Business owners instinctively want to pay their frontline customer service employees as little as possible, but what if paying low wages actually increased costs and hurt profitability?

Research published earlier this year in the Harvard Business Review by M.I.T. Professor Zeynep Ton suggests that it may make economic sense for retailers to invest more in their employees. She studied retail chains such as Costco and Trader Joe’s that offer low prices, but have achieved high levels of profitability and customer service while paying relatively higher wages, offering more training, and staffing more employees than their competitors. (See the article here plus a related blog post.)

Of course, paying top dollar isn’t the right strategy for every business. In this post, I’m focusing on three potential benefits of paying your customer service employees more.

Reason #1: Gain Access to the Right Talent
Good employees don’t come cheaply. They tend to have more options than less skilled or poorly performing employees. The best employees are also more likely to be employed by someone else when you start searching for them. Unless you have an incredible reputation as an employer of choice, people aren’t going to take a pay cut or make a lateral move to join your organization. Offering a higher starting wage gives you access to more potential qualified candidates.

How can you tell how much to pay? Here are three things you can try:

  1. Create a profile of an ideal employee. (You can use my simple competency model.)
  2. Go to and find the salary range for the position you are trying to fill.
  3. Experiment with posting the same job at different rates of pay and compare the applicants you receive to your ideal employee profile. If good candidates are scarce, you may need to pay more.

Reason #2: Get Better Results, Faster
If you pay more for better employees, you should expect those employees to bring more skills, ability, and passion to the job than someone who is willing to work for less. For example, when a client of mine increased the starting rate for an open position, they were able to hire someone who needed far less training than their last hire. In less than a month, the new employee was one of their top performers. The slight increase in pay resulted in a substantial cost savings in terms of reduced training expense and productivity gains.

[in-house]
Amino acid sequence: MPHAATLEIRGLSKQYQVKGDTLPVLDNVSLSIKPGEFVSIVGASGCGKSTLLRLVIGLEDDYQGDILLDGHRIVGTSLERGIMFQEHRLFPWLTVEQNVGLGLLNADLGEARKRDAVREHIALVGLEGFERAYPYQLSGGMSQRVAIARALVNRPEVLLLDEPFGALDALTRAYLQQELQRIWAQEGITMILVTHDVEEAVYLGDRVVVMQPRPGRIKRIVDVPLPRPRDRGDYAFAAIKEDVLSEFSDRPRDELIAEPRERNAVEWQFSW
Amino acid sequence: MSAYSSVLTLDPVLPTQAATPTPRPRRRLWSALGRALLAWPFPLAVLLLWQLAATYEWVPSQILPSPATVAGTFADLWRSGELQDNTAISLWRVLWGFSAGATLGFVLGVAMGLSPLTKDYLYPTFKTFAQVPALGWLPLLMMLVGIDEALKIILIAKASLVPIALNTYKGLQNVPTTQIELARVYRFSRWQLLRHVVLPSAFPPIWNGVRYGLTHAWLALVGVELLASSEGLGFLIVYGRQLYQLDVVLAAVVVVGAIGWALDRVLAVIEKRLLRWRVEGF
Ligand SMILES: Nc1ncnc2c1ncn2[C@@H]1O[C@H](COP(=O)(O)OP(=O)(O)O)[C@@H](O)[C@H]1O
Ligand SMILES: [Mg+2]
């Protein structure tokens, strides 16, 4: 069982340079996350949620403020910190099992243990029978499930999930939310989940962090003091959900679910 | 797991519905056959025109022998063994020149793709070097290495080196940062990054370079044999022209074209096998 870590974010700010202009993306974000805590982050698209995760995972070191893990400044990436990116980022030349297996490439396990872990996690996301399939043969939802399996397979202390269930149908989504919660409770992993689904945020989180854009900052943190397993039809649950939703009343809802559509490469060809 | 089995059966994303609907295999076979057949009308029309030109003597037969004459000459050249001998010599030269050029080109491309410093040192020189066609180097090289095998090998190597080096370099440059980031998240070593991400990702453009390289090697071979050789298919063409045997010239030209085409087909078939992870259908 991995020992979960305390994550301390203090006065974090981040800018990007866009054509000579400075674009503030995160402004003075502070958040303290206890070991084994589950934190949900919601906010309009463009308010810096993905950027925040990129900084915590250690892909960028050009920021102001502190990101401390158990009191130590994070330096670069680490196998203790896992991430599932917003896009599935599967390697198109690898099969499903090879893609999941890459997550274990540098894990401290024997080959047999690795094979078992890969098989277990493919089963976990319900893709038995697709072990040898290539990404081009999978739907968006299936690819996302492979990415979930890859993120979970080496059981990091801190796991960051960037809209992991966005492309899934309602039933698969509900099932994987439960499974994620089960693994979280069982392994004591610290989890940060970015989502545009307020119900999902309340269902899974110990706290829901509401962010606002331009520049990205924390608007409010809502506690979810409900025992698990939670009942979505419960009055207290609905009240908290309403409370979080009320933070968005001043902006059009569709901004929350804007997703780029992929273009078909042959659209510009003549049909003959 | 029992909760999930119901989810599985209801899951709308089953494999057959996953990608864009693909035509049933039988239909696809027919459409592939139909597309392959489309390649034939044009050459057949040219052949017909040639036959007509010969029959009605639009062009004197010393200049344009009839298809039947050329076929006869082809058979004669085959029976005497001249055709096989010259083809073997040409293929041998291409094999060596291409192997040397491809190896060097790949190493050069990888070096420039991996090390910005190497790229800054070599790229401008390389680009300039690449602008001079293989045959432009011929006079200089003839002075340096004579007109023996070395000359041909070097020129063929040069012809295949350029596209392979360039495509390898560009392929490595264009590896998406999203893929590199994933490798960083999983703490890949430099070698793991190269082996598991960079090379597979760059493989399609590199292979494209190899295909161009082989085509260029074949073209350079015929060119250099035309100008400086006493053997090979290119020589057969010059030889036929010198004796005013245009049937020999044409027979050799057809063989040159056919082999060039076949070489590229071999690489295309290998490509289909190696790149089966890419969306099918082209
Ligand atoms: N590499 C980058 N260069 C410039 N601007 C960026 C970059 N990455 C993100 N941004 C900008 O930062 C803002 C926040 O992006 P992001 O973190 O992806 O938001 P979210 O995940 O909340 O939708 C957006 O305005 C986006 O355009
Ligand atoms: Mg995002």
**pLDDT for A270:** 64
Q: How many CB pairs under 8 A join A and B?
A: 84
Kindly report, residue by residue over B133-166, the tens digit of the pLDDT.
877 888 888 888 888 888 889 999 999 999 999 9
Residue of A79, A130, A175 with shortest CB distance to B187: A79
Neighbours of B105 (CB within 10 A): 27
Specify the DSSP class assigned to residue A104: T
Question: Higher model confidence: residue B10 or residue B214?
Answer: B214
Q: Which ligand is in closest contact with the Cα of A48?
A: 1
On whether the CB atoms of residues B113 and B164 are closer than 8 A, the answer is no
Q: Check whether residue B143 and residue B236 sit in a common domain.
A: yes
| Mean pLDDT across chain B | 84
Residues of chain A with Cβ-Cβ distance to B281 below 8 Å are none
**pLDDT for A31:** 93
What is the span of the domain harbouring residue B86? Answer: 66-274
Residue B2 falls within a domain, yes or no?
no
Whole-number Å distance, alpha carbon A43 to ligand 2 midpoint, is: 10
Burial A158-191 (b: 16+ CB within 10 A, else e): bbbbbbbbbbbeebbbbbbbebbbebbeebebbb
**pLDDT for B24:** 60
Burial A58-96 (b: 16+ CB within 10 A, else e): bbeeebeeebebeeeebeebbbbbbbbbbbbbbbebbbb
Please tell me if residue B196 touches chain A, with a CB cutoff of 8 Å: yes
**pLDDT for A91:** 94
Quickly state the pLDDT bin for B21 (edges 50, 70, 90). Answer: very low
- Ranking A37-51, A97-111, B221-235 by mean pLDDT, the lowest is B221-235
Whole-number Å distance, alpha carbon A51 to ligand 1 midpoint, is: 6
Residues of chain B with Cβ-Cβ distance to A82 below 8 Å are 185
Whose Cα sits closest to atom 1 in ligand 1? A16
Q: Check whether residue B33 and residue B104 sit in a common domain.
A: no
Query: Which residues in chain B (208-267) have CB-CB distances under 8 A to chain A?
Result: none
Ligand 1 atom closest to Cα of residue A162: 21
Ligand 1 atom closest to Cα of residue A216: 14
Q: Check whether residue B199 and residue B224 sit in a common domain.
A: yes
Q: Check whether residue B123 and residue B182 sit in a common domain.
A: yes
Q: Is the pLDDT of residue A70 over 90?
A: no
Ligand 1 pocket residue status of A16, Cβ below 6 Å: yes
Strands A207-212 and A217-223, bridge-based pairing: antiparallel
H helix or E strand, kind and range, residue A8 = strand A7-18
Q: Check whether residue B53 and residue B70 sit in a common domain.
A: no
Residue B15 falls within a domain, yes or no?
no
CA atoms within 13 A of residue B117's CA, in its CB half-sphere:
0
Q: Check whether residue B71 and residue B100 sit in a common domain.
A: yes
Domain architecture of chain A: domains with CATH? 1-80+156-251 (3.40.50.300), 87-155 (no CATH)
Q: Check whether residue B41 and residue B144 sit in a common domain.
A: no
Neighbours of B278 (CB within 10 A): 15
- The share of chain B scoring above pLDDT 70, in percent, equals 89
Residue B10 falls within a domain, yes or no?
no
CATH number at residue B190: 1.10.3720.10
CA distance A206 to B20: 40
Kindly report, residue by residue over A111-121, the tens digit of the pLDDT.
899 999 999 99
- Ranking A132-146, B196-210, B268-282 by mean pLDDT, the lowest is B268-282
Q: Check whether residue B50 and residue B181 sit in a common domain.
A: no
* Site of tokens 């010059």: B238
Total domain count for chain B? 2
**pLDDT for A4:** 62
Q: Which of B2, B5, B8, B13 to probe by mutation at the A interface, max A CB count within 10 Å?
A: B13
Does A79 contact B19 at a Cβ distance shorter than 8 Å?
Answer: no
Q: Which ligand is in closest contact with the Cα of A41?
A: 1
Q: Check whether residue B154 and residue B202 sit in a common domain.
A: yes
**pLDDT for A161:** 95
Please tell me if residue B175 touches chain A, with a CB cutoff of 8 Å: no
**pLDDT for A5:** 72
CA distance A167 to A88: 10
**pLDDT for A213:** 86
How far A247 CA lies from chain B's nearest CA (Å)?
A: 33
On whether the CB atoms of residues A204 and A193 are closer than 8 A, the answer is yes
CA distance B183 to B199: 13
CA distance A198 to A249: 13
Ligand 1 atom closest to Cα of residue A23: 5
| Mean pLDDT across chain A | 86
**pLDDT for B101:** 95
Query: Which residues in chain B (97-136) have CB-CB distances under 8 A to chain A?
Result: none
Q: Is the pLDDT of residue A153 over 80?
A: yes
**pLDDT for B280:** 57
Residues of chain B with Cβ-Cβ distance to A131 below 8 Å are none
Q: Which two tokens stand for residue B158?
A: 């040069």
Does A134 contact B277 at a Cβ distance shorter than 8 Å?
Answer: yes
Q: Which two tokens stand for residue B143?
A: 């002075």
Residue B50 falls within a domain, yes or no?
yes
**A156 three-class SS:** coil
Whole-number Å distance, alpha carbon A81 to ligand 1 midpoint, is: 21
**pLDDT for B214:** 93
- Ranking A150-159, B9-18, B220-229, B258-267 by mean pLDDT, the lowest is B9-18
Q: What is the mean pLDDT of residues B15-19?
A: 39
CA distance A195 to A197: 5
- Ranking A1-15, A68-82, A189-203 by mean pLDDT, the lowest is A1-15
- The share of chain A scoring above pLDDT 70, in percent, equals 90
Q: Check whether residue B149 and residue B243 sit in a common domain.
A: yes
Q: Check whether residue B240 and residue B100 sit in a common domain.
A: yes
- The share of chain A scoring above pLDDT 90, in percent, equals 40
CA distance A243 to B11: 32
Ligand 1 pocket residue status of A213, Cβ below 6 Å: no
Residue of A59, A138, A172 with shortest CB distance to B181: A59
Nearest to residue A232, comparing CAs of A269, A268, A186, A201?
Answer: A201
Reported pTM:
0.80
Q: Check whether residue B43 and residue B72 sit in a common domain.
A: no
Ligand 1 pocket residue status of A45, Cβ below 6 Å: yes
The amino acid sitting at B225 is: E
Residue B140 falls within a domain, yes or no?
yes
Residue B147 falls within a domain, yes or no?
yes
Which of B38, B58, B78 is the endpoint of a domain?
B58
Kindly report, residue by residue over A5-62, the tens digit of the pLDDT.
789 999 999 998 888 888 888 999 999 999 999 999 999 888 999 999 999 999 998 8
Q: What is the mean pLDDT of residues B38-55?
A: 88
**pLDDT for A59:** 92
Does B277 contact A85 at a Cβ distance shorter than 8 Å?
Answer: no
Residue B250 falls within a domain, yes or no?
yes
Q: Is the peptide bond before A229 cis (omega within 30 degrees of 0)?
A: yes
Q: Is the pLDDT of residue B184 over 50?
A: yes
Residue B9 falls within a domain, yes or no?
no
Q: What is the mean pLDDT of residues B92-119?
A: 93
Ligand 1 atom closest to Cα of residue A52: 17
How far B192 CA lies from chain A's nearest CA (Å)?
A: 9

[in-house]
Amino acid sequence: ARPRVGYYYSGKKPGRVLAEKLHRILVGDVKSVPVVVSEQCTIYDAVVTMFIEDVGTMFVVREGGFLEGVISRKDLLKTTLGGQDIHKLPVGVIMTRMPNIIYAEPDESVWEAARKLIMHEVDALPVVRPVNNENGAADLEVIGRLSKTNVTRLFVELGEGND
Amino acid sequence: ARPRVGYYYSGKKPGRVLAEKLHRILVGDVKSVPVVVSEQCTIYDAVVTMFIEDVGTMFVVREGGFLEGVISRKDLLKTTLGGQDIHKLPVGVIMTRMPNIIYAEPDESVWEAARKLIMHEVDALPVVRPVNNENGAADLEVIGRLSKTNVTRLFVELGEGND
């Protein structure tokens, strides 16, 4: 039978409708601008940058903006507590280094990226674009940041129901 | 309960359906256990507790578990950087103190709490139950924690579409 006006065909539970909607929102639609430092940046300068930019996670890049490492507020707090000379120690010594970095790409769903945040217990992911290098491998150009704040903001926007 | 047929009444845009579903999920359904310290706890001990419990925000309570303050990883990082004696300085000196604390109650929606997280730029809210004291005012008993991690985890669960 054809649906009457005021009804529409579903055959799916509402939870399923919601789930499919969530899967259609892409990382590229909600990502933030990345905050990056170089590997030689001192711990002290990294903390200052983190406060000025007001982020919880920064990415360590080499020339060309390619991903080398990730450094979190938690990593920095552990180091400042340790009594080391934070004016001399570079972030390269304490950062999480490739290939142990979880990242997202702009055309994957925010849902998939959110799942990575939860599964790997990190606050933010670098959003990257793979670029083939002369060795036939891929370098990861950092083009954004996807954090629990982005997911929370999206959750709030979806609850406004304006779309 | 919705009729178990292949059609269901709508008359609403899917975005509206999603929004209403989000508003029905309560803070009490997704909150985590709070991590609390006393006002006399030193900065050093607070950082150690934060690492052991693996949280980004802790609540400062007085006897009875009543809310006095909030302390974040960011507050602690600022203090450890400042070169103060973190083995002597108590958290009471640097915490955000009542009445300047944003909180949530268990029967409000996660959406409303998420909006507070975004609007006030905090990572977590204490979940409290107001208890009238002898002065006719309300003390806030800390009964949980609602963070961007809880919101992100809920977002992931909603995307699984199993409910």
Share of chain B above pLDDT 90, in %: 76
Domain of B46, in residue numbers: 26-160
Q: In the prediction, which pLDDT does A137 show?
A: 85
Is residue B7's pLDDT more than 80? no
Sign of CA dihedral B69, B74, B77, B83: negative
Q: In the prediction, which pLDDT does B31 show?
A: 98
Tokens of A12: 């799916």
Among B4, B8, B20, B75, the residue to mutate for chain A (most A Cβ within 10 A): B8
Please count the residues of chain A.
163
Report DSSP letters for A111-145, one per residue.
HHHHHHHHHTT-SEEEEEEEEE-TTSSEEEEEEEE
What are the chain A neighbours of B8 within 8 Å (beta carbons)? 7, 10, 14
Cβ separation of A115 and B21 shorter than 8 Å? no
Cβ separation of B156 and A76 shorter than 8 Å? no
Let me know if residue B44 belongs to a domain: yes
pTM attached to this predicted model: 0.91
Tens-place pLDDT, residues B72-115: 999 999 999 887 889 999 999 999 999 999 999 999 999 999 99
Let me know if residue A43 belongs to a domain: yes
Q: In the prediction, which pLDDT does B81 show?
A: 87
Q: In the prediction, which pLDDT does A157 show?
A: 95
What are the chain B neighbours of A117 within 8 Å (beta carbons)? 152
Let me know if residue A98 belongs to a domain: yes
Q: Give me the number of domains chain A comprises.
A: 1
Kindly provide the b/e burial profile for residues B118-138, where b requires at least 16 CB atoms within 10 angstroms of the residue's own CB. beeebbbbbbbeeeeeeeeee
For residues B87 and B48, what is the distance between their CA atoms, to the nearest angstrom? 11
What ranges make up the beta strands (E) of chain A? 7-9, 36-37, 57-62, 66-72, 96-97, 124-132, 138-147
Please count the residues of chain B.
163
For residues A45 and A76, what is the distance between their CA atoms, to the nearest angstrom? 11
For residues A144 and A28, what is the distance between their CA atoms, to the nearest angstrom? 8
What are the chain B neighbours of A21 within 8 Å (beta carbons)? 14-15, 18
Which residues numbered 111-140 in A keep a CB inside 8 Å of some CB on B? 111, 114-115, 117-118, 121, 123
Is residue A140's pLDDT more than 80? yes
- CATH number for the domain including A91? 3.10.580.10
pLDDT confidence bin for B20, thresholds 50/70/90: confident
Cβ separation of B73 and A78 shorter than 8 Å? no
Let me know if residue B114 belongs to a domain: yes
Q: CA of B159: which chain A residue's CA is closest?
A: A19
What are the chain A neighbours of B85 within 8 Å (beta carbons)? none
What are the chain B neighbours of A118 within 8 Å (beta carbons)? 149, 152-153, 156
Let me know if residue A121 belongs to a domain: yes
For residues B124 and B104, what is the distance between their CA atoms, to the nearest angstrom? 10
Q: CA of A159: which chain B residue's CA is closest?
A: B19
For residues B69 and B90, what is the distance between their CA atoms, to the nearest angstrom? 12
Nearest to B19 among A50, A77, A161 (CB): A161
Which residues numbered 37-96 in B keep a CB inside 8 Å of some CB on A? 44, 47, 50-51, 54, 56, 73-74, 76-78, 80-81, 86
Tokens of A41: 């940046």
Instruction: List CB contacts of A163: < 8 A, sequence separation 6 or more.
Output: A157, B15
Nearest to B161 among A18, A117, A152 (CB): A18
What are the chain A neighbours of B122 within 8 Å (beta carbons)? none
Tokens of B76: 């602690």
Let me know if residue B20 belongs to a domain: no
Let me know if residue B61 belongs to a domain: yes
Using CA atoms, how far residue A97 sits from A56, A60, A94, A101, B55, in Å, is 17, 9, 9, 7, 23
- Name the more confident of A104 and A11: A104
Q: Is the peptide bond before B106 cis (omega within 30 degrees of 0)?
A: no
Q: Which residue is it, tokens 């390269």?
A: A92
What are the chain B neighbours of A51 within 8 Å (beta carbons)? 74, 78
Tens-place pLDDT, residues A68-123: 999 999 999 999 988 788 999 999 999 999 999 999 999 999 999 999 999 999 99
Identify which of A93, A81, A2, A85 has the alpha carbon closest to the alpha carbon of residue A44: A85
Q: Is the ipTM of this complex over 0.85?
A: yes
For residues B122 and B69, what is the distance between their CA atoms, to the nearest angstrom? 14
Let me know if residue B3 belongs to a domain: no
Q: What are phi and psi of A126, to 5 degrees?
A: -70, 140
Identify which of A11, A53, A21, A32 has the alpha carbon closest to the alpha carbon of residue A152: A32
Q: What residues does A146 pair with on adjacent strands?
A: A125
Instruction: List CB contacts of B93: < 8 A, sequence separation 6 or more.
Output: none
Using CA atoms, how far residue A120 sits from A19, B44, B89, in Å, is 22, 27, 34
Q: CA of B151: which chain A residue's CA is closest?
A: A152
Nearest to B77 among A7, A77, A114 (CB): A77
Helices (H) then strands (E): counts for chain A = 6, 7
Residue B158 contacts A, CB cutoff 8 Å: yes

Will paying more yield better results? Look to these key result areas to see if it makes financial sense:

  • Training. Can you save time and money by hiring someone who needs less training?
  • Staffing. Can you hire fewer people by hiring someone who has a wider range of skills?
  • Quality. Can a higher-caliber employee pay for themselves by making fewer errors?

Reason #3: Reduce Turnover
Good employees won’t stick around very long if they feel undervalued, especially if they can get the same job for higher wages. The real cost of employee turnover can be enormous when you factor in the cost of covering for absent employees (overtime, lost productivity, etc.) and the cost of recruiting and training new ones to take their place. Paying just a little more might be much less expensive than the high cost of employee defections.

How can you calculate the real cost of employee turnover? 

  1. Try using this turnover cost calculator (Excel spreadsheet).
  2. Calculate the cost savings of a modest reduction in turnover.
  3. Experiment with investing some of that cost savings in higher wages.

Are employee wages the only factor? No, of course not. There is a whole list of factors that influence employee performance, engagement, and retention. However, the advantage of focusing on employee pay is it is generally easier to make the cost/benefit calculation compared to other possible strategies.